The release of SQL Server 2008 may be months away, but that hasn't stopped database administrators and developers from keying in on their favorite features.
For Todd Snyder, a database administrator for Cybersavvy.BIZ's software development services, the inclusion of IntelliSense in SQL Server Management Studio and collapsible code functionality are a productivity boon for DBAs.
"[IntelliSense] saves time because instead of having to look at the table schemas to see what fields are in the tables, with the IntelliSense it pops it up for you to choose it. ... [There is] less typing; you don't have to look at it as much," he said. "With the collapsible code, when stored procedures get extremely long you're able to collapse different sections of it down so that you can get an overview of the whole thing without having to scroll through thousands of lines of code."
Focusing on such productivity issues is part of Microsoft's strategy, Forrester Research analyst Noel Yuhanna said.
"Microsoft does not want to roll out another 10,000 new features, but [instead focuses] on ones that will be help improve manageability and value to organizations," he said. "Their strong focus on BI [business intelligence] and EDM [Entity Data Model] is reflective on this position."
A number of analysts also cited SQL Server's policy-based management and compression capabilities as important features. Improvements around policy-based management include policy violation alerts, policy import, the ability to run and evaluate multiple simultaneous policies and evaluate policies when Object Explorer is connected to Analysis Services and Reporting Services.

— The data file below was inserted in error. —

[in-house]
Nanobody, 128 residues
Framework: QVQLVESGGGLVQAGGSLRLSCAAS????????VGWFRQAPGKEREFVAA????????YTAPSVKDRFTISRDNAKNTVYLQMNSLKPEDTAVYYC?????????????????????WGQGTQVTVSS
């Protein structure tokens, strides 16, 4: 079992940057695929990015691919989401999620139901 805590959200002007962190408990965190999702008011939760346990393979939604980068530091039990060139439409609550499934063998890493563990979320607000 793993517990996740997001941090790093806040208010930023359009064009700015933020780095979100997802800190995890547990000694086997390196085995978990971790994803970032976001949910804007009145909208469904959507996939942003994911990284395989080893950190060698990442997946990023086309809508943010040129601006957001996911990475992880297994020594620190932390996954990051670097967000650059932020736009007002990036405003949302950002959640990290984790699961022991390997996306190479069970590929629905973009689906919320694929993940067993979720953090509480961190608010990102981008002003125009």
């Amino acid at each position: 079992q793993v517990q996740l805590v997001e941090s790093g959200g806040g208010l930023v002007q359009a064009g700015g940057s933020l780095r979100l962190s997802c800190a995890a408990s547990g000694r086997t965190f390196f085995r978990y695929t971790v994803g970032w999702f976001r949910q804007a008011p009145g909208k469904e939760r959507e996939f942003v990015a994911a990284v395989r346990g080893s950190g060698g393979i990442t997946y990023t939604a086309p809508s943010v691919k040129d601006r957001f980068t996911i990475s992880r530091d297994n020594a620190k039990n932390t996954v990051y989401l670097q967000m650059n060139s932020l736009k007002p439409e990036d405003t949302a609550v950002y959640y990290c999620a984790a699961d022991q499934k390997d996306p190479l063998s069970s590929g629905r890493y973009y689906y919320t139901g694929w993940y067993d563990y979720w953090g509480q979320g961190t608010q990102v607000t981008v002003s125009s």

The technology gives DBAs the ability to manage several databases together with common policies and configurations, and can help lower administration requirements and costs, as well as improve productivity, Yuhanna said.
"All enterprises small or big can benefit from this feature," he said. "I would say this would be the most important feature which all customers would like."
SQL Server 2008 brings both row and page compression to the table for its users. The row compression enables storing fixed length types in variable length storage format. The page compression is built on top of row compression, and minimizes storage of redundant data on the page by storing commonly occurring byte patterns on the page once and then referencing these values for respective columns. The byte pattern recognition is type-independent.
The compression technology will likely make a difference when it comes to data warehousing, as the amount of data enterprises are forced to manage continues to grow, analysts said.
"The data compression will be helpful in stopping customers at the top end of SQL Server's range from migrating to other platforms for data warehousing - though they could add Dataupia underneath SQL Server as an alternative," said Philip Howard, an analyst with Bloor Research. "I know this is a major concern for Microsoft as it is leaking customers in this environment."
Though the database software is not slated to be released to manufacturing until the third quarter, Microsoft officially launched SQL Server 2008 Feb. 27 at an event in conjunction with Visual Studio 2008 and Windows Server 2008. A full-featured version of CTP (Community Technology Preview) of the product was released to customers last week.